Advertising is falling. Paywalls push readers away. But a big endowment from the tech moguls, to be shared among all papers, could work in everyone’s interests.
One basic truth is stark enough as newsrooms around Britain – and around the world – contract or close. The advertising money that used to underpin journalism isn’t there any longer. It is going, going, gone … into the maw of the internet in general, but Facebook and Google in particular. And without that revenue, journalism itself is at risk.
Two expert writers in the current Stanford Social Innovation Review sum up the whole problem of the last 20 media years in a single paragraph: “1) A radically diminished funding base for print media, 2) increasingly fragmented audiences, 3) an accelerating pattern of random and instantaneous digital dissemination of information, 4) video’s increasing displacement of the written and spoken word, and 5) diminishing amounts and lower quality of civic education, and related declines in knowledge of public affairs.”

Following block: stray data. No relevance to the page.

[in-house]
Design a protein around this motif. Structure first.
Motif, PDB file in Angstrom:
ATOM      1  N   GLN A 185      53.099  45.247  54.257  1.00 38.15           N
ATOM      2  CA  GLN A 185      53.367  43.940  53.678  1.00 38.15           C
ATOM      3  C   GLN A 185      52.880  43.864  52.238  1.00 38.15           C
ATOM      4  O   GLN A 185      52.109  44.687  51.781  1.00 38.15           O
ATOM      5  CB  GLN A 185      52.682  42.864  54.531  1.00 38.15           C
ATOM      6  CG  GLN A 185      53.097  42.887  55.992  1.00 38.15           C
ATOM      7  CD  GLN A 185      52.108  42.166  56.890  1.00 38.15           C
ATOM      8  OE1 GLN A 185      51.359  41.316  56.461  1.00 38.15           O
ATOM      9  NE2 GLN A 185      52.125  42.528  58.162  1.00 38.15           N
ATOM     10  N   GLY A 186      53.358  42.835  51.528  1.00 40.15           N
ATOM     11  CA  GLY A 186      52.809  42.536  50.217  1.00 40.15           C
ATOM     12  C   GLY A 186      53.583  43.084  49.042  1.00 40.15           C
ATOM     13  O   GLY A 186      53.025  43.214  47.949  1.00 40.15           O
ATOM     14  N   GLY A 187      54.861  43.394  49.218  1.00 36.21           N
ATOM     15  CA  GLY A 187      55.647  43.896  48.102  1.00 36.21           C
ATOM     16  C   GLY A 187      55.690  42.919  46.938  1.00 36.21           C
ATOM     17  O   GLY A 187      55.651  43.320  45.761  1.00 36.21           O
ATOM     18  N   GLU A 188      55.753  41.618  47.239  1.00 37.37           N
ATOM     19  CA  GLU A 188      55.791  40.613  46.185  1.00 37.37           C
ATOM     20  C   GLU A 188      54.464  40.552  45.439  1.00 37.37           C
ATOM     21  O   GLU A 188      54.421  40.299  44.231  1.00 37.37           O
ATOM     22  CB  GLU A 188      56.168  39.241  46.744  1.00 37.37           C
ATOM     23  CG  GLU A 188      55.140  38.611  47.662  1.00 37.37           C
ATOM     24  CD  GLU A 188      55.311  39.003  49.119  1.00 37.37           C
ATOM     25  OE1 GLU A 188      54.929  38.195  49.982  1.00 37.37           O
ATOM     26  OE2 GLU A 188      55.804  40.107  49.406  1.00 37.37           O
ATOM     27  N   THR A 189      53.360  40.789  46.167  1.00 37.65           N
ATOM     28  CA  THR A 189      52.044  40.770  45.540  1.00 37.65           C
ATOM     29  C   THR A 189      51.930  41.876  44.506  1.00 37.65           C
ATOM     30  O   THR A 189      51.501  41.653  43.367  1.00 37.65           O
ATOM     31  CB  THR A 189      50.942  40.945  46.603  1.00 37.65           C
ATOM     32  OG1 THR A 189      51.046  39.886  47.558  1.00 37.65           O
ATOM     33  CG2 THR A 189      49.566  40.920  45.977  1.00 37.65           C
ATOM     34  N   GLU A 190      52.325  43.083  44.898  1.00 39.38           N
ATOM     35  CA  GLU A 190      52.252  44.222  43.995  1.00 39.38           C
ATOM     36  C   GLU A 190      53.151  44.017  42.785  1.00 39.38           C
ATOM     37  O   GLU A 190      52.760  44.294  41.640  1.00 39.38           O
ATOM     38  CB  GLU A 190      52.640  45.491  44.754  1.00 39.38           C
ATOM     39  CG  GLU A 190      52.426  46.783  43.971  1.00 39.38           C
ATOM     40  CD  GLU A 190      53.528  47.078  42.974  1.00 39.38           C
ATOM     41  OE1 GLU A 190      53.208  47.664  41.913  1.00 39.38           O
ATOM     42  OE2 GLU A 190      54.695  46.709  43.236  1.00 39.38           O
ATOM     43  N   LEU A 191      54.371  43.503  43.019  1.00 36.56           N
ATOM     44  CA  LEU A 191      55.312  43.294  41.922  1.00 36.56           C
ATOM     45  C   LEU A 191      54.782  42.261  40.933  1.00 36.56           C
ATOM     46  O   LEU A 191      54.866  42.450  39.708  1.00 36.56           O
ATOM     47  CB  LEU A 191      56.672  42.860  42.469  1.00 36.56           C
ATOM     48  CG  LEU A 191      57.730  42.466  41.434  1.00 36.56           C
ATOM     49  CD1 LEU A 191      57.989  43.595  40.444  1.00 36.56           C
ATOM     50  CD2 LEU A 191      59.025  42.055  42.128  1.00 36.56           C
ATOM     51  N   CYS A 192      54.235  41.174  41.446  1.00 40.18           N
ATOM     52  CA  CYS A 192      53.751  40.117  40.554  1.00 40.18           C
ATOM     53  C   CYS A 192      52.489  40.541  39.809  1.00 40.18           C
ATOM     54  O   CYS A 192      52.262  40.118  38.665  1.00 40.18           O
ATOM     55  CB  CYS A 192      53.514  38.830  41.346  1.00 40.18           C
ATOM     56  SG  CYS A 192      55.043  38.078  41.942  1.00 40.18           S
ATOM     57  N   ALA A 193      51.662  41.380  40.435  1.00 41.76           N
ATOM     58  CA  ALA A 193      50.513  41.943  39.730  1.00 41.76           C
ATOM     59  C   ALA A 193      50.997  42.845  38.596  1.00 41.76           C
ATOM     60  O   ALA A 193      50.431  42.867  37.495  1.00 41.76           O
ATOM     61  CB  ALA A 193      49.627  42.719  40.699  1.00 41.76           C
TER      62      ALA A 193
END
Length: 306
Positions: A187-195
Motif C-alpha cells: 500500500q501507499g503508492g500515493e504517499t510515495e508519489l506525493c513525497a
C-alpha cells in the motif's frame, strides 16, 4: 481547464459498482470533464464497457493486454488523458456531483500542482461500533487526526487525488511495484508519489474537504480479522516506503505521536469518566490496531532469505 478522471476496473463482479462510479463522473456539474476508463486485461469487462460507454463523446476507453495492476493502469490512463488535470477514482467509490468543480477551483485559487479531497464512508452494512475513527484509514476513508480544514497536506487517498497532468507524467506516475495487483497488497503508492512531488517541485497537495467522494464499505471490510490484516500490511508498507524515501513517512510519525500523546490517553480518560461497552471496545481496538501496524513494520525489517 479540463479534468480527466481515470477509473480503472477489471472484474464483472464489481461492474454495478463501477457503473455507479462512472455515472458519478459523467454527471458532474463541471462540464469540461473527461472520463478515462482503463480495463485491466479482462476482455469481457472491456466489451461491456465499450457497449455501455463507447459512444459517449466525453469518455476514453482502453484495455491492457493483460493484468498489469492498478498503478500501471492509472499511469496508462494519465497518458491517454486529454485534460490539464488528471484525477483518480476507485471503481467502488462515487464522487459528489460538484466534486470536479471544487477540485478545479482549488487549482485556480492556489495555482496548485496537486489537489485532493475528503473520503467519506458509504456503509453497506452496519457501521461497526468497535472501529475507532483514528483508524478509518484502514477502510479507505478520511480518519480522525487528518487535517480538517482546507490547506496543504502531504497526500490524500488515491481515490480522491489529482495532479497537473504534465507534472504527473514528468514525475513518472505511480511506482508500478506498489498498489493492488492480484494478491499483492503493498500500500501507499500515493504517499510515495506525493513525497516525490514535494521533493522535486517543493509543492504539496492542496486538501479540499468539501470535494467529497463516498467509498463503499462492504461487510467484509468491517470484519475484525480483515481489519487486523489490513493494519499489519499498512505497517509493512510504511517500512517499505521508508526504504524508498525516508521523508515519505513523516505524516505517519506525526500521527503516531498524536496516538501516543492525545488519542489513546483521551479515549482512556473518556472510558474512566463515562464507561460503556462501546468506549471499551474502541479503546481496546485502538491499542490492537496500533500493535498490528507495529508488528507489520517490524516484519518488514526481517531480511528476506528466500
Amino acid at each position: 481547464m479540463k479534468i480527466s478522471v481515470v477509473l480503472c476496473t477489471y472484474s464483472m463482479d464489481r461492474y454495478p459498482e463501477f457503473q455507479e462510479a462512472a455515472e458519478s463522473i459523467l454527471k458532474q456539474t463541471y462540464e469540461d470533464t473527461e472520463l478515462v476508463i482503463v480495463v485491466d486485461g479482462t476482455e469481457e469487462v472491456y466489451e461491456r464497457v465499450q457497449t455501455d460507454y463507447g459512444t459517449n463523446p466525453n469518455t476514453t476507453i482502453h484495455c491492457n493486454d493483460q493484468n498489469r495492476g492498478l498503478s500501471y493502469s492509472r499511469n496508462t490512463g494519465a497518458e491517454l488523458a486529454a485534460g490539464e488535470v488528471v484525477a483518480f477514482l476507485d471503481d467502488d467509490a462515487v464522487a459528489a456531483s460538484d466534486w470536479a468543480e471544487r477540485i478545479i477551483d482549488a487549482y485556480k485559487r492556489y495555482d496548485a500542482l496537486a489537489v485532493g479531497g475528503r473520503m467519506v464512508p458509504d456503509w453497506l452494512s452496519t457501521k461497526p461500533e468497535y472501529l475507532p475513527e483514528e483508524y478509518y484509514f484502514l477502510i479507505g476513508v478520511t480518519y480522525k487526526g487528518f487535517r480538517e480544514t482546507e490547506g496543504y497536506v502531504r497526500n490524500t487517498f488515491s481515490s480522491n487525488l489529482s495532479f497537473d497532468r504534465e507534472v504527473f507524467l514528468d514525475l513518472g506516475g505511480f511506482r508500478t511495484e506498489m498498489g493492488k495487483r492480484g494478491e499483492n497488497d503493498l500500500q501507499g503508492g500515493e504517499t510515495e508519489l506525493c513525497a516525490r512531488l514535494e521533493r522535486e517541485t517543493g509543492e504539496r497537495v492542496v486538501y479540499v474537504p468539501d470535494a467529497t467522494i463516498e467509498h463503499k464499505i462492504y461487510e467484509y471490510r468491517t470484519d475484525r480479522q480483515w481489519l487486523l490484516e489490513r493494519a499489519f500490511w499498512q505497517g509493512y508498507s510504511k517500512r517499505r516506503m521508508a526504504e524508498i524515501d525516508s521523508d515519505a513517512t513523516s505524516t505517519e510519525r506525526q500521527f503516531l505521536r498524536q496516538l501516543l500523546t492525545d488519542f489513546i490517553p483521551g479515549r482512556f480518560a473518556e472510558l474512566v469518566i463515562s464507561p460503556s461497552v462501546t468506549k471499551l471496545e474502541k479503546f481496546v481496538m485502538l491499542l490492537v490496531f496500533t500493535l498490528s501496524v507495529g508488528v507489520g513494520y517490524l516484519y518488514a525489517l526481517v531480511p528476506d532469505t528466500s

Individually, say Bruce Sievers and Patrice Schneider, “these trends are problematic; together they pose a severe threat to democracy”. They are, among other things, the barren, shifting sands where only fake news grows.
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